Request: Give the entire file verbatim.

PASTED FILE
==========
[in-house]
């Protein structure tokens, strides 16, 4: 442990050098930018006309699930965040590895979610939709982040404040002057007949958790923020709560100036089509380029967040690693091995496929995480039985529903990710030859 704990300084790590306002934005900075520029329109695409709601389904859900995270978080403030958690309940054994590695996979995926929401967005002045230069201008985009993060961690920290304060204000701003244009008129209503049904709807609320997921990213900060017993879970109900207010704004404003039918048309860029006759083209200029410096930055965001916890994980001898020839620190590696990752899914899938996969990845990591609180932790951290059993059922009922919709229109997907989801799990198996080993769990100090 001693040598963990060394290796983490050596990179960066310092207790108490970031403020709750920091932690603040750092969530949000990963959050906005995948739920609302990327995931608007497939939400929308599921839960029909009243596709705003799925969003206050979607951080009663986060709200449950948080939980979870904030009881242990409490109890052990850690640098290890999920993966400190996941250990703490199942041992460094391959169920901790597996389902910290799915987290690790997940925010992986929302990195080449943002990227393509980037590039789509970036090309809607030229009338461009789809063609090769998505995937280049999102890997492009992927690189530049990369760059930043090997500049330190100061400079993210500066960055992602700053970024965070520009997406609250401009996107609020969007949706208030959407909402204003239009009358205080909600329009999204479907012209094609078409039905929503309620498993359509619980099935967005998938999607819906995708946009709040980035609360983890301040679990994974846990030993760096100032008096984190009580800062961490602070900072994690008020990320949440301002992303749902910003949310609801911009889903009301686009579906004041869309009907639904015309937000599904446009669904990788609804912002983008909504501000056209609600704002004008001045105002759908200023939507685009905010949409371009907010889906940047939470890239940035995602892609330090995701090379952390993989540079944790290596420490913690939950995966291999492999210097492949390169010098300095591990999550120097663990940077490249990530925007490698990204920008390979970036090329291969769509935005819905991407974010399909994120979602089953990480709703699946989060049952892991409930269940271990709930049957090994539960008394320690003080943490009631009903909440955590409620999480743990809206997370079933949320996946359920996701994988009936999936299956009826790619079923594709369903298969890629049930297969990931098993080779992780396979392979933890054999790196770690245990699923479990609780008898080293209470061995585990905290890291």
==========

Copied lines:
[in-house]
């Protein structure tokens, strides 16, 4: 442990050098930018006309699930965040590895979610939709982040404040002057007949958790923020709560100036089509380029967040690693091995496929995480039985529903990710030859 704990300084790590306002934005900075520029329109695409709601389904859900995270978080403030958690309940054994590695996979995926929401967005002045230069201008985009993060961690920290304060204000701003244009008129209503049904709807609320997921990213900060017993879970109900207010704004404003039918048309860029006759083209200029410096930055965001916890994980001898020839620190590696990752899914899938996969990845990591609180932790951290059993059922009922919709229109997907989801799990198996080993769990100090 001693040598963990060394290796983490050596990179960066310092207790108490970031403020709750920091932690603040750092969530949000990963959050906005995948739920609302990327995931608007497939939400929308599921839960029909009243596709705003799925969003206050979607951080009663986060709200449950948080939980979870904030009881242990409490109890052990850690640098290890999920993966400190996941250990703490199942041992460094391959169920901790597996389902910290799915987290690790997940925010992986929302990195080449943002990227393509980037590039789509970036090309809607030229009338461009789809063609090769998505995937280049999102890997492009992927690189530049990369760059930043090997500049330190100061400079993210500066960055992602700053970024965070520009997406609250401009996107609020969007949706208030959407909402204003239009009358205080909600329009999204479907012209094609078409039905929503309620498993359509619980099935967005998938999607819906995708946009709040980035609360983890301040679990994974846990030993760096100032008096984190009580800062961490602070900072994690008020990320949440301002992303749902910003949310609801911009889903009301686009579906004041869309009907639904015309937000599904446009669904990788609804912002983008909504501000056209609600704002004008001045105002759908200023939507685009905010949409371009907010889906940047939470890239940035995602892609330090995701090379952390993989540079944790290596420490913690939950995966291999492999210097492949390169010098300095591990999550120097663990940077490249990530925007490698990204920008390979970036090329291969769509935005819905991407974010399909994120979602089953990480709703699946989060049952892991409930269940271990709930049957090994539960008394320690003080943490009631009903909440955590409620999480743990809206997370079933949320996946359920996701994988009936999936299956009826790619079923594709369903298969890629049930297969990931098993080779992780396979392979933890054999790196770690245990699923479990609780008898080293209470061995585990905290890291």